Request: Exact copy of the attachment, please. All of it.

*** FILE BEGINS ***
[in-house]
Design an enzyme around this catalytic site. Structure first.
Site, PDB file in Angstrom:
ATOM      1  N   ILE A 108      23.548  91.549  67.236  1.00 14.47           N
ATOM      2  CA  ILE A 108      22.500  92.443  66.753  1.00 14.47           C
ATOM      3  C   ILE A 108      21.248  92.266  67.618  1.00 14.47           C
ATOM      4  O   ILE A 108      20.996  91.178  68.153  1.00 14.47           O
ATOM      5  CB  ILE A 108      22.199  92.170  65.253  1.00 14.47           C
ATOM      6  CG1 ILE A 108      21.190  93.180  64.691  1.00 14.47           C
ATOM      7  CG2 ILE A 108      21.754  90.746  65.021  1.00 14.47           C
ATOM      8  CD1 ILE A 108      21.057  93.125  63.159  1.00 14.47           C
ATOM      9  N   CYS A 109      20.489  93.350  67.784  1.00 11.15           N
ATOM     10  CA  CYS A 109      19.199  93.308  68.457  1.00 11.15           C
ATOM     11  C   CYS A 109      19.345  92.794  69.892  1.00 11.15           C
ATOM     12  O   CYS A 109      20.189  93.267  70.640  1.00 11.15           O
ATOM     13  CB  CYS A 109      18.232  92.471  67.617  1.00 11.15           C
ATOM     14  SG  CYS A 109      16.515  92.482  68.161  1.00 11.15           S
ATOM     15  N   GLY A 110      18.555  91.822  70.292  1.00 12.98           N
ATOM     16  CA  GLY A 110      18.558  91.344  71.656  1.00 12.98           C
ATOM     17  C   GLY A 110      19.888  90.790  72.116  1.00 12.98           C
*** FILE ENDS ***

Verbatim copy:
[in-house]
Design an enzyme around this catalytic site. Structure first.
Site, PDB file in Angstrom:
ATOM      1  N   ILE A 108      23.548  91.549  67.236  1.00 14.47           N
ATOM      2  CA  ILE A 108      22.500  92.443  66.753  1.00 14.47           C
ATOM      3  C   ILE A 108      21.248  92.266  67.618  1.00 14.47           C
ATOM      4  O   ILE A 108      20.996  91.178  68.153  1.00 14.47           O
ATOM      5  CB  ILE A 108      22.199  92.170  65.253  1.00 14.47           C
ATOM      6  CG1 ILE A 108      21.190  93.180  64.691  1.00 14.47           C
ATOM      7  CG2 ILE A 108      21.754  90.746  65.021  1.00 14.47           C
ATOM      8  CD1 ILE A 108      21.057  93.125  63.159  1.00 14.47           C
ATOM      9  N   CYS A 109      20.489  93.350  67.784  1.00 11.15           N
ATOM     10  CA  CYS A 109      19.199  93.308  68.457  1.00 11.15           C
ATOM     11  C   CYS A 109      19.345  92.794  69.892  1.00 11.15           C
ATOM     12  O   CYS A 109      20.189  93.267  70.640  1.00 11.15           O
ATOM     13  CB  CYS A 109      18.232  92.471  67.617  1.00 11.15           C
ATOM     14  SG  CYS A 109      16.515  92.482  68.161  1.00 11.15           S
ATOM     15  N   GLY A 110      18.555  91.822  70.292  1.00 12.98           N
ATOM     16  CA  GLY A 110      18.558  91.344  71.656  1.00 12.98           C
ATOM     17  C   GLY A 110      19.888  90.790  72.116  1.00 12.98           C